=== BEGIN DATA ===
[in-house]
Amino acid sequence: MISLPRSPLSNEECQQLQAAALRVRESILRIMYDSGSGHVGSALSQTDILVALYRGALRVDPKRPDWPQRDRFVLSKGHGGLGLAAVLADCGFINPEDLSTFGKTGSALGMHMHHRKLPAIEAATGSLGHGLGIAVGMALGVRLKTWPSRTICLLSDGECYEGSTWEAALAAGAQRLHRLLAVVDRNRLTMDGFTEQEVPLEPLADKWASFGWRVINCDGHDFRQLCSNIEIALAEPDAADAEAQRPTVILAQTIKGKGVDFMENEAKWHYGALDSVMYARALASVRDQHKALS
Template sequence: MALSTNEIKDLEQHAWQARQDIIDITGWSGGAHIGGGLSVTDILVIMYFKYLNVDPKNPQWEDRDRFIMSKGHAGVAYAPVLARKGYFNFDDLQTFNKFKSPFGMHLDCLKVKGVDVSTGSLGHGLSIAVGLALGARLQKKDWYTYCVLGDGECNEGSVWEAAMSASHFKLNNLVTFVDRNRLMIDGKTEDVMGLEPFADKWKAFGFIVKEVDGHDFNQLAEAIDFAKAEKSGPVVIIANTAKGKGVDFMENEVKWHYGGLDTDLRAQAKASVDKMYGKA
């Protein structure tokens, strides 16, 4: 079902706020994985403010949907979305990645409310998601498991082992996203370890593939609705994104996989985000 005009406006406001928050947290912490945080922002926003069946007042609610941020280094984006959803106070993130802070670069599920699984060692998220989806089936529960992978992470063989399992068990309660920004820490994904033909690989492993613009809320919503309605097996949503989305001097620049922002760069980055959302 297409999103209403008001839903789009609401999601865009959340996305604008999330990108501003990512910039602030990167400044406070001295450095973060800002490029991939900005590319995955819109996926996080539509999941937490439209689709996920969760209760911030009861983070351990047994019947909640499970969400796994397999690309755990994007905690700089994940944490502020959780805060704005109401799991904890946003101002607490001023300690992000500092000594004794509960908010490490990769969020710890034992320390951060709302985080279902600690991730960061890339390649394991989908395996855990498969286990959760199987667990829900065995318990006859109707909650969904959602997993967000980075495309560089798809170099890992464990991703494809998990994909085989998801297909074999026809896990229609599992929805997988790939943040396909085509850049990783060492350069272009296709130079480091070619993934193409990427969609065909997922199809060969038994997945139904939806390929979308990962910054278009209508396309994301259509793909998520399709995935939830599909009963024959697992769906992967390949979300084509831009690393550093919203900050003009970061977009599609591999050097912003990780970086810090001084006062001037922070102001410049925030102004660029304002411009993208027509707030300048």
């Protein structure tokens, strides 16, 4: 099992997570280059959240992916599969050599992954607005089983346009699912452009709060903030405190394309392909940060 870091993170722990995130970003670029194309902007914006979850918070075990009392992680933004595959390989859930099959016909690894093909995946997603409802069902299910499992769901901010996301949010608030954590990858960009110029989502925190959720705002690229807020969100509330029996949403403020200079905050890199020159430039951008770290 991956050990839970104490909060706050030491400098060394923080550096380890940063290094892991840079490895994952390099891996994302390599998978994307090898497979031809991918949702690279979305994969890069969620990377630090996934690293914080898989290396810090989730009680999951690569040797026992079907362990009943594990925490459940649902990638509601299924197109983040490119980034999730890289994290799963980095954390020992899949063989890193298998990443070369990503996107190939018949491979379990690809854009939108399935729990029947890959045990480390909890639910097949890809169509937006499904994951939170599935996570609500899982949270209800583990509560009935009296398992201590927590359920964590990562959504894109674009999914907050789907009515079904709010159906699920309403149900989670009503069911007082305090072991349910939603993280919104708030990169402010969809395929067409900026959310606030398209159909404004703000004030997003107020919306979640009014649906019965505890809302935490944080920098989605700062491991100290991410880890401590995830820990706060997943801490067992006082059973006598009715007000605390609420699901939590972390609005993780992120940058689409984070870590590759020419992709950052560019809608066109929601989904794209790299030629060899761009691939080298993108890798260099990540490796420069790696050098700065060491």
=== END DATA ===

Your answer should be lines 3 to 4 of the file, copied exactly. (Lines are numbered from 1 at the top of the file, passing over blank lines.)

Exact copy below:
Template sequence: MALSTNEIKDLEQHAWQARQDIIDITGWSGGAHIGGGLSVTDILVIMYFKYLNVDPKNPQWEDRDRFIMSKGHAGVAYAPVLARKGYFNFDDLQTFNKFKSPFGMHLDCLKVKGVDVSTGSLGHGLSIAVGLALGARLQKKDWYTYCVLGDGECNEGSVWEAAMSASHFKLNNLVTFVDRNRLMIDGKTEDVMGLEPFADKWKAFGFIVKEVDGHDFNQLAEAIDFAKAEKSGPVVIIANTAKGKGVDFMENEVKWHYGGLDTDLRAQAKASVDKMYGKA
């Protein structure tokens, strides 16, 4: 079902706020994985403010949907979305990645409310998601498991082992996203370890593939609705994104996989985000 005009406006406001928050947290912490945080922002926003069946007042609610941020280094984006959803106070993130802070670069599920699984060692998220989806089936529960992978992470063989399992068990309660920004820490994904033909690989492993613009809320919503309605097996949503989305001097620049922002760069980055959302 297409999103209403008001839903789009609401999601865009959340996305604008999330990108501003990512910039602030990167400044406070001295450095973060800002490029991939900005590319995955819109996926996080539509999941937490439209689709996920969760209760911030009861983070351990047994019947909640499970969400796994397999690309755990994007905690700089994940944490502020959780805060704005109401799991904890946003101002607490001023300690992000500092000594004794509960908010490490990769969020710890034992320390951060709302985080279902600690991730960061890339390649394991989908395996855990498969286990959760199987667990829900065995318990006859109707909650969904959602997993967000980075495309560089798809170099890992464990991703494809998990994909085989998801297909074999026809896990229609599992929805997988790939943040396909085509850049990783060492350069272009296709130079480091070619993934193409990427969609065909997922199809060969038994997945139904939806390929979308990962910054278009209508396309994301259509793909998520399709995935939830599909009963024959697992769906992967390949979300084509831009690393550093919203900050003009970061977009599609591999050097912003990780970086810090001084006062001037922070102001410049925030102004660029304002411009993208027509707030300048």